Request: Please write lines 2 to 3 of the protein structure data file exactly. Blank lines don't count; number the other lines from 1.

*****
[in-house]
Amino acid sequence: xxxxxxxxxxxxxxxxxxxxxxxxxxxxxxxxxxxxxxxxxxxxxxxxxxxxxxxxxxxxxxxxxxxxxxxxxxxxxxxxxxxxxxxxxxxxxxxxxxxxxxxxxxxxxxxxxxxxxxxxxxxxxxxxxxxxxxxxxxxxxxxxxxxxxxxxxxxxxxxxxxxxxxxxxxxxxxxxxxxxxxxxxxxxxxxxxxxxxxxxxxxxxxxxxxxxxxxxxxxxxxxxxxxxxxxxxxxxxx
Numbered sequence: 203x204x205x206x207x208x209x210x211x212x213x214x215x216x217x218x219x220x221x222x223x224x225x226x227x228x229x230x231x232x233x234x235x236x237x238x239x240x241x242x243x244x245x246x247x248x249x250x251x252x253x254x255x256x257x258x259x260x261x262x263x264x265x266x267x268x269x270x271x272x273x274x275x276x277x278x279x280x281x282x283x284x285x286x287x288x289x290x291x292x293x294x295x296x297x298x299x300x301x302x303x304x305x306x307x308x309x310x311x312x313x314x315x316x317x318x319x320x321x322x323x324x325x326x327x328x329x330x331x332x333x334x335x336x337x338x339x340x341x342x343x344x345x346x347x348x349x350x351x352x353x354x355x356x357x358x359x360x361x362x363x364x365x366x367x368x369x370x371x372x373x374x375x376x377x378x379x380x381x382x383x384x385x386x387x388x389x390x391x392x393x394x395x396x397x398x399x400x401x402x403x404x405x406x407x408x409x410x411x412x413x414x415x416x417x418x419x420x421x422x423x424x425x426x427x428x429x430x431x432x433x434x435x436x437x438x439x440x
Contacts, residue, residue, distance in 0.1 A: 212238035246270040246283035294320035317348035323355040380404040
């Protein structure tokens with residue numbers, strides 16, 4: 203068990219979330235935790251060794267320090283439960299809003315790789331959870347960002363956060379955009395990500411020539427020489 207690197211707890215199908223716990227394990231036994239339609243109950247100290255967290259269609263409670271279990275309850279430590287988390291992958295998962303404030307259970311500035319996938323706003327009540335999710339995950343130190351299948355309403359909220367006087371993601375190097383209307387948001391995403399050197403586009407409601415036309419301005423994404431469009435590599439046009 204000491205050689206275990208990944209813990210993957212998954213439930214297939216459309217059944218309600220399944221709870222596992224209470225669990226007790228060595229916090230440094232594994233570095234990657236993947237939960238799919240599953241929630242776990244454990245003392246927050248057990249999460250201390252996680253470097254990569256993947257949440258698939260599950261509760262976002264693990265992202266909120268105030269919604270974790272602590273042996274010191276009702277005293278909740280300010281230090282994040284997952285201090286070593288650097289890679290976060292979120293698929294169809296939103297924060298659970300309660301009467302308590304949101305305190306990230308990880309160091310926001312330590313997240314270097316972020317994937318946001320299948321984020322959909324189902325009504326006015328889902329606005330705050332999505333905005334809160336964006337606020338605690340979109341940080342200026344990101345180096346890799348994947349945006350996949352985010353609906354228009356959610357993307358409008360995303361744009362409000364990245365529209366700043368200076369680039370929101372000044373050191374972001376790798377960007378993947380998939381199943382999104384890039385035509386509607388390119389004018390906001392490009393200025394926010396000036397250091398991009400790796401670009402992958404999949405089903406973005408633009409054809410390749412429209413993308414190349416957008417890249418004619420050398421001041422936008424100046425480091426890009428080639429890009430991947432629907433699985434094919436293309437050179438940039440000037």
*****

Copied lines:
Amino acid sequence: xxxxxxxxxxxxxxxxxxxxxxxxxxxxxxxxxxxxxxxxxxxxxxxxxxxxxxxxxxxxxxxxxxxxxxxxxxxxxxxxxxxxxxxxxxxxxxxxxxxxxxxxxxxxxxxxxxxxxxxxxxxxxxxxxxxxxxxxxxxxxxxxxxxxxxxxxxxxxxxxxxxxxxxxxxxxxxxxxxxxxxxxxxxxxxxxxxxxxxxxxxxxxxxxxxxxxxxxxxxxxxxxxxxxxxxxxxxxxx
Numbered sequence: 203x204x205x206x207x208x209x210x211x212x213x214x215x216x217x218x219x220x221x222x223x224x225x226x227x228x229x230x231x232x233x234x235x236x237x238x239x240x241x242x243x244x245x246x247x248x249x250x251x252x253x254x255x256x257x258x259x260x261x262x263x264x265x266x267x268x269x270x271x272x273x274x275x276x277x278x279x280x281x282x283x284x285x286x287x288x289x290x291x292x293x294x295x296x297x298x299x300x301x302x303x304x305x306x307x308x309x310x311x312x313x314x315x316x317x318x319x320x321x322x323x324x325x326x327x328x329x330x331x332x333x334x335x336x337x338x339x340x341x342x343x344x345x346x347x348x349x350x351x352x353x354x355x356x357x358x359x360x361x362x363x364x365x366x367x368x369x370x371x372x373x374x375x376x377x378x379x380x381x382x383x384x385x386x387x388x389x390x391x392x393x394x395x396x397x398x399x400x401x402x403x404x405x406x407x408x409x410x411x412x413x414x415x416x417x418x419x420x421x422x423x424x425x426x427x428x429x430x431x432x433x434x435x436x437x438x439x440x